Saturday, June 21, 2008

Besmear One's Mouth

So, I've been busy. I've been writing business plans and grant proposals, and plotting and scheming on how to turn youth into plotting and scheming entrepreneurs, and, of course, computer solitaire. This is all good, and I feel productive (except for the computer solitaire, but it does promote problem-solving skills), but I haven't had much time or will to study the language.

Oh, it's so easy not to study. Most people know English. Although Northern Sotho is spoken by 4 million people, all of them live in one general region in South Africa, it doesn't count for another language when applying to Johns Hopkins PhD program in international development, I'm not good at learning languages, etc., etc. However, what I learned in Japan, and again learning kiSwahili in Kenya and Tanzania, is that nothing gives you more insight into another culture than by learning the language. Plus, everyone at the office is bugging me to learn it. So, I'm learning. Or, as they say, "Ke a ithuta."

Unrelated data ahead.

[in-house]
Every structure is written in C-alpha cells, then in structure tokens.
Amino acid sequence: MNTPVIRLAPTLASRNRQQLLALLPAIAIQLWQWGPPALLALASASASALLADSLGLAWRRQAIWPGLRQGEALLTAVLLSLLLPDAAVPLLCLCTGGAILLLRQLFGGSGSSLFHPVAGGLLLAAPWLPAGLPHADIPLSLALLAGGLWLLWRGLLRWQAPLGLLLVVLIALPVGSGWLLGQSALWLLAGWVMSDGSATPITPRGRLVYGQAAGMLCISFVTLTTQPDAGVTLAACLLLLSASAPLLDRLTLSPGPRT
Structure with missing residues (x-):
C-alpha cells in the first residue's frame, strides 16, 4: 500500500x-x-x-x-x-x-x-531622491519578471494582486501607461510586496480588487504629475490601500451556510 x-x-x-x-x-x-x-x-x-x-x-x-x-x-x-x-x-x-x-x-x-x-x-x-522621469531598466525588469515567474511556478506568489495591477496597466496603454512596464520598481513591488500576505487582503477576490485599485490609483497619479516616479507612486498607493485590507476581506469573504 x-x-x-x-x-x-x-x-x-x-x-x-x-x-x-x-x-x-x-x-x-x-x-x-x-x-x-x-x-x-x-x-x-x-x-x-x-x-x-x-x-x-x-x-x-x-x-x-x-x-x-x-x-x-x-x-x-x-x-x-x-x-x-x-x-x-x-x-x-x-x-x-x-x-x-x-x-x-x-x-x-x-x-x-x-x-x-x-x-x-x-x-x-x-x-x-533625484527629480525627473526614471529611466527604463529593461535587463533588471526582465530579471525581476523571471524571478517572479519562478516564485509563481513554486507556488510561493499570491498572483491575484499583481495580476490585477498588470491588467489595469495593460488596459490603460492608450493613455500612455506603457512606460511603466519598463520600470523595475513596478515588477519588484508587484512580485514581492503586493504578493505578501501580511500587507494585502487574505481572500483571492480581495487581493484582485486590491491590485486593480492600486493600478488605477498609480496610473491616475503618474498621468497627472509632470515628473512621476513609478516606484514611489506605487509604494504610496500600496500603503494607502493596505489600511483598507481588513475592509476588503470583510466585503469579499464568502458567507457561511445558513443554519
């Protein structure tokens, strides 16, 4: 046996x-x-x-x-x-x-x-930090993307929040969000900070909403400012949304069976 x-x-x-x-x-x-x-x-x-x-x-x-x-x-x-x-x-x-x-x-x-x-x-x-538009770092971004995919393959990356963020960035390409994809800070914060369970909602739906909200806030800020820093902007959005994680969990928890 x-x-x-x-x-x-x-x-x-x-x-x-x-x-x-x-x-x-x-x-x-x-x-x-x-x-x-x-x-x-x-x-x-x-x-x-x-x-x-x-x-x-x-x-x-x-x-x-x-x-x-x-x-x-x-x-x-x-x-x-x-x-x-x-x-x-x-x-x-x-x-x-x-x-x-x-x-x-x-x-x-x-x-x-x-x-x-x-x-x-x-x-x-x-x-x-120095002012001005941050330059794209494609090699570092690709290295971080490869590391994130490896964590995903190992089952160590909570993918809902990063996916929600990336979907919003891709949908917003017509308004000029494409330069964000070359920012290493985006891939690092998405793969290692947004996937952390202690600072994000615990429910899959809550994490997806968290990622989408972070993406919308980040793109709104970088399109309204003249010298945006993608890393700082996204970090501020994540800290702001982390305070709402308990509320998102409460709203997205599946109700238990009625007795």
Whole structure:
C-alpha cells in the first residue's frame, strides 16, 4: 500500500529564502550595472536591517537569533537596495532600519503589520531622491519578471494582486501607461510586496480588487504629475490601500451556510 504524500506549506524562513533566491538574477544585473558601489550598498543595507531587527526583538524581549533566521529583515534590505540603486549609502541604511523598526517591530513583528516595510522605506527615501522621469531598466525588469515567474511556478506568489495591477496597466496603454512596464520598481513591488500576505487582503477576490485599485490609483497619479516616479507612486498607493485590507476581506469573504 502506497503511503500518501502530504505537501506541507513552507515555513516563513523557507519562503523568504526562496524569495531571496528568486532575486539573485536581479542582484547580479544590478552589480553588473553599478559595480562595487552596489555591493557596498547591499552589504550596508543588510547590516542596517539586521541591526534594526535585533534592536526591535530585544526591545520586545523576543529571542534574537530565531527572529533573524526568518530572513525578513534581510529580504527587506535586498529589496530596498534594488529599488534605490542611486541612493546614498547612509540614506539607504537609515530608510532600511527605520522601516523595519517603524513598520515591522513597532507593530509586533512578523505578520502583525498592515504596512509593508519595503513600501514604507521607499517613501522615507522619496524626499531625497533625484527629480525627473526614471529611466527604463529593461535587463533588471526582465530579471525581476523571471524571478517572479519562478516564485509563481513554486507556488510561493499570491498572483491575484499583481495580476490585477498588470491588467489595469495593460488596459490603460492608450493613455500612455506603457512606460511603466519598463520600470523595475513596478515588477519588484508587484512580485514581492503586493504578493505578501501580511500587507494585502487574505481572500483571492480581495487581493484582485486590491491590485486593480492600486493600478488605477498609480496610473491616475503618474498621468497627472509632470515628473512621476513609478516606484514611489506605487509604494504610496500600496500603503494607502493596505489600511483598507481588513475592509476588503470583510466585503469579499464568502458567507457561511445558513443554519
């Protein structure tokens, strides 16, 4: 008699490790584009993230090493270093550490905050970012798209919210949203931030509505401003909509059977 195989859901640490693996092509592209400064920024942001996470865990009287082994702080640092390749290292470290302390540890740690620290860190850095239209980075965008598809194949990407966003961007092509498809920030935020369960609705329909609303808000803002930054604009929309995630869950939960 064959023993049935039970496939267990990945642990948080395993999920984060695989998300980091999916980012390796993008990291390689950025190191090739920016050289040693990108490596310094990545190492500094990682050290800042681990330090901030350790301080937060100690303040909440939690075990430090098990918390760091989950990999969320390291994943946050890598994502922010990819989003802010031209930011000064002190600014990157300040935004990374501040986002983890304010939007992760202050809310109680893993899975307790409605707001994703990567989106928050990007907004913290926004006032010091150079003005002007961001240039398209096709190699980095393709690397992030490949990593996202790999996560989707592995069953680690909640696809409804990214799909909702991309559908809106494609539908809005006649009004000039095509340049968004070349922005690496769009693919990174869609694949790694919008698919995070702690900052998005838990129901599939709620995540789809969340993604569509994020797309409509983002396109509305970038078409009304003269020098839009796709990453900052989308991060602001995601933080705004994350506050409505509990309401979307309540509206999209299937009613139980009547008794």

I found this great website that has an online Northern Sotho dictionary, with some audio files attached to some words ( for those of you who are interested), so I was going through the "hl" words trying to find a good audio example. It's a tricky, lispy sound that I often confuse with the tricky, lispy sound of "tl" and I wanted to tell the difference. As I was going through my dictionary, I found the word "hlamukela" meaning to besmear one's mouth. Now, my English has gone to hell, but I can't ever remember using the word "besmear" even though I vaguely know what it means. But to besmear one's mouth? What does that mean? So, I enter the word in the handy-dandy online dictionary and find this: "besmear one's mouth and hands with fat when eating."

This is now my new favorite word.

And, you know what, it does say something about a culture that has a word that means to besmear one's mouth and hands with fat when eating. I don't know how much the word is used, but that word exists. And what it means about the culture is that people eat with their hands and eat a lot of meat, meat with fat that can be besmeared. And yes, I have experienced that result. I live here after all. I just didn't know there was a word for it.

Wednesday, June 11, 2008

What Was That?